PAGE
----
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Physical properties of amber


Amber is not a mineral, because it has an organic origin and amorphous structure (no orderly internal arrangement of atoms). Find out more about amber's physical properties below. Information is available on a young resinous material, that is often times confused with amber, called copal. Copal resembles amber but is not a mineral either.

Baltic amber generally has the following characteristics;
Hardness: 2.0 - 2.5 Moh’s Scale.
Specific Gravity - 1.050 - 1.096
Refraction Index - 1.54
Melting point - 480/720Of (250/3800c)

Composition: can vary greatly depending on the botanical source, though all have terpenes or compounds that are linked as the resin matures. It is thought that Baltic amber, or succinite, contains 3-8% succinic acid (succus is Latin for juice); succinic acid is believed to form from microorganism-induced fermentation of the cellulose contained in the resin. One composition of an amber variety is: oxygenated hydrocarbon (carbon 67-87%, hydrogen 8.5-11%, oxygen 15%, sulfur 0-0.46%). Although this composition was believed to be the hardened tree resin from the genusPinus, chemical studies show these pines were not the source of Baltic amber.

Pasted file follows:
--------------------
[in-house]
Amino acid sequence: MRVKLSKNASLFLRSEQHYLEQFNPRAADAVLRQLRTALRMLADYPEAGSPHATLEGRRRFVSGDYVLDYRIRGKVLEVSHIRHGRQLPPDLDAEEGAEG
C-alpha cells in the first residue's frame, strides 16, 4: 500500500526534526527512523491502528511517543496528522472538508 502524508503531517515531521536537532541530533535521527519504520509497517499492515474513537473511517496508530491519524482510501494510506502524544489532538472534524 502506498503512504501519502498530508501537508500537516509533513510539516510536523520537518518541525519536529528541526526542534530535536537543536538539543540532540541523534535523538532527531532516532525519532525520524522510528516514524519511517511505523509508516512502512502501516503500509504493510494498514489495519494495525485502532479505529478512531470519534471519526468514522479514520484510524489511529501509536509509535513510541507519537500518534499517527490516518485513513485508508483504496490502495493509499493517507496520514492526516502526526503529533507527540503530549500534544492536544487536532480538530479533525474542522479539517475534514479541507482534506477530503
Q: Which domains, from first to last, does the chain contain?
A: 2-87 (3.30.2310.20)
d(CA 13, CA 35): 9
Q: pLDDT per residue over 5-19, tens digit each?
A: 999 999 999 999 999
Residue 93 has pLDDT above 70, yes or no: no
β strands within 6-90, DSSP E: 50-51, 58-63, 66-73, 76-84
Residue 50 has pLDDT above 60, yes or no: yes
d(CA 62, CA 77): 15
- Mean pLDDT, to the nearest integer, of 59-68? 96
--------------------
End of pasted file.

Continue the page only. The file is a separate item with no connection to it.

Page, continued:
Amber is a poor conductor of heat and because of this it always feels warm to the touch.

The name amber relates specifically to fossilised resin which has succinic acid - COOH(CH2)2COOH15 present in its chemical makeup. Baltic amber can have succinic acid present between the ranges of 3 to 8 percent. Amber which is clear usually has the lower levels of succinic acid and this increases as the amber becomes more opaque. Fossilised resin which possess no succinic acid is officially classified as retinite.